Summer Spotlight intensives give visiting students hands-on experience in all aspects of theatre

The Spotlight Showcase allowed all the students to show off the skills they learned throughout camp.

The Spotlight Showcase allowed all the students to show off the skills they learned throughout camp.

For the 13th year, Troy University and the Department of Theatre and Dance welcomed high schoolers from across the state and beyond to a series of Summer Spotlight intensives in performance, technology and film. 

The week-long, residential camps were held from July 17-23, and participants were immersed in all aspects of theatre: dance, film, technology and on stage, on screen and behind-the-scenes work. These camps also provide participants with the opportunity to interact with peers, college faculty members and guest artists from throughout the country.

“Summer Spotlight offers each participant, from the youngest to the oldest, the chance to let loose, have some fun and become versed in all types of creative expression– onstage, backstage and everything else,” said Tori Lee Averett, Director of the Summer Spotlight program and Assistant Dean of the College of Communication and Fine Arts. “The counselors for the sessions are fine and performing arts majors, so not only do our students get the experience of sharing their knowledge and experience, our participants get to learn from someone who’s been in their shoes and can guide them through it.”

A student in the Tech Intensive works on stage rigging.
Students in the Tech & Management Intensive had a week full of hands-on learning.

Participants in the Tech and Management Intensive run the shows, and each student has the opportunity to experiment with various technical theatre challenges and skillsets, try out designs and manage mini-productions throughout the week. The Spotlight Showcase at the end of the week is completely managed by Tech & Management students.

Julian Tortenson, 14, of Huntsville, Ala. joined a subgroup of the technology intensive dedicated to learning about lighting and design.

“We went more in-depth into how to do any area of a show. How to design it, how to execute it well,” he said. “Thursday was my favorite day—up until then we’d just been designing and thinking about what we’d done, but on Thursday we actually got to get into the theatre and set it all up.”

Laila Mackey, 14, of Huntsville studied stage management and sound. She said the biggest lesson she learned from the week was how to be professional.

“It’s a really professional environment, so I’m learning the professional side of things as well. The teachers, James and Justin, were great, too,” she said. “I was very impressed, and I hope I can come back the next few years because it’s been a great experience. I’ve gotten to know so many people and had the opportunity to see things that aren’t offered at my school.”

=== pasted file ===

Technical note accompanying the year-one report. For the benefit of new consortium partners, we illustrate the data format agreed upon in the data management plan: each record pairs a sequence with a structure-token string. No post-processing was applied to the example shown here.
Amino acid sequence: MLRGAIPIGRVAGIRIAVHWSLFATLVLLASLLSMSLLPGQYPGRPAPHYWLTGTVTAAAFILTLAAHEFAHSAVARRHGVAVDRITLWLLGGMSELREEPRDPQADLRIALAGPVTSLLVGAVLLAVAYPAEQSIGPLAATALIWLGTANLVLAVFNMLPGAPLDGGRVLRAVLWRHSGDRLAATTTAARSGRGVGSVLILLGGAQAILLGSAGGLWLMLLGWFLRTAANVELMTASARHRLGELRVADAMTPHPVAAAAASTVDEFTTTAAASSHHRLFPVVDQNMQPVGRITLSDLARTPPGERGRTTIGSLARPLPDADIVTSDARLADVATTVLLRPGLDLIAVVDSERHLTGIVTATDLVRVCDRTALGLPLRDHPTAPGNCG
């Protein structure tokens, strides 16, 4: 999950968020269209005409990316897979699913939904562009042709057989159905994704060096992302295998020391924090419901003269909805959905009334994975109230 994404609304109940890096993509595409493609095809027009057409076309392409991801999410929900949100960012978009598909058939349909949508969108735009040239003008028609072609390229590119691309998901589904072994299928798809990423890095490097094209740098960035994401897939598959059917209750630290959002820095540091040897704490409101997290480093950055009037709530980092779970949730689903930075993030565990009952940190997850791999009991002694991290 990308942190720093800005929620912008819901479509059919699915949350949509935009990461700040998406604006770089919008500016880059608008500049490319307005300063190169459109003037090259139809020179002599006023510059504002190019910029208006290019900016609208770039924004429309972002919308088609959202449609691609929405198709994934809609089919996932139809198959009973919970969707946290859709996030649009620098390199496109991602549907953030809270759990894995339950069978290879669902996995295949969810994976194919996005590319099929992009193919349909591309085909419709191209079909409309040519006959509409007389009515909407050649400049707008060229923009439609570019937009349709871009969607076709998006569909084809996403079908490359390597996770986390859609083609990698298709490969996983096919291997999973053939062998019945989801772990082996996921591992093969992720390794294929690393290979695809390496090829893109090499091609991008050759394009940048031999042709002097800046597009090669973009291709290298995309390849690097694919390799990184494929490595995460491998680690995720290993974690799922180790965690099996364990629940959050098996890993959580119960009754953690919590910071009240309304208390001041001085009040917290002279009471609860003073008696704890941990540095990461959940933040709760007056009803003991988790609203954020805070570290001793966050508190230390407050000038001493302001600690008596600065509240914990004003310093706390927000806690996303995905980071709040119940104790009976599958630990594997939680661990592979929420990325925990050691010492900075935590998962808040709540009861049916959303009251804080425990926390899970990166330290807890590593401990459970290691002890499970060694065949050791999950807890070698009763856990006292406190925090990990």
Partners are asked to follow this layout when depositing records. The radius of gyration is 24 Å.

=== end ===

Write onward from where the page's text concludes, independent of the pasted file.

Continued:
Jason Owens, 17, of Alabaster, Ala. said he attended to see if he wanted to pursue a career in stage rigging and scenery.

“I came here to help me decide if I wanted to do this as a career, and after this experience I think I will,” he said. “TROY is definitely in my top two colleges for after I graduate.”

In the Performance Intensive, participants sharpened their skills in everything from musical theatre to puppetry to hip hop to playwriting. Auditions solidified their place in a company, and the Spotlight Showcase finale let them take the stage.

A print out of the storyboard students in the Film Intensive created.
Students in the Film Intensive took part in every aspect of creating a short film, like designing a story board.

East Rush, 16, of Dothan, Ala. came for the opportunity to improve his playwriting abilities. 

“I heard there was a lot of playwriting availability and things I could explore, and other things I’d be interested in doing,” he said. “I’ve been growing in that department, and it’s been really nice sharing my creations with like-minded people who do the same things I do. I made a lot of friends during the week.”

Students who chose the Film Intensive worked together to write a script, create storyboards, plan a shot list, shoot scenes and edit footage. Their horror/murder-mystery short film, “Shortcut,” was also featured during the Showcase on the last night of camp.

Rory Stagner, 15, of Troy, Ala. created the storyboards for the film and acted as both the first murder victim and the mom. Stagner has been part of multiple Summer Spotlight camps, attending the Performance Intensive last year, and said she gained a new appreciation for the work filmmakers put into their craft.

“I had no interest in film whatsoever before coming into this intensive, I just did it because it was something new,” she said. “But, I learned a lot about the equipment filmmakers use and just how much work goes into creating, like how sweaty you get carrying it all around. I’ve really enjoyed it.”

To view the short film, click here.

To view a gallery from the Tech & Management Intensive, click here.

To view a gallery from the Spotlight Showcase, click here.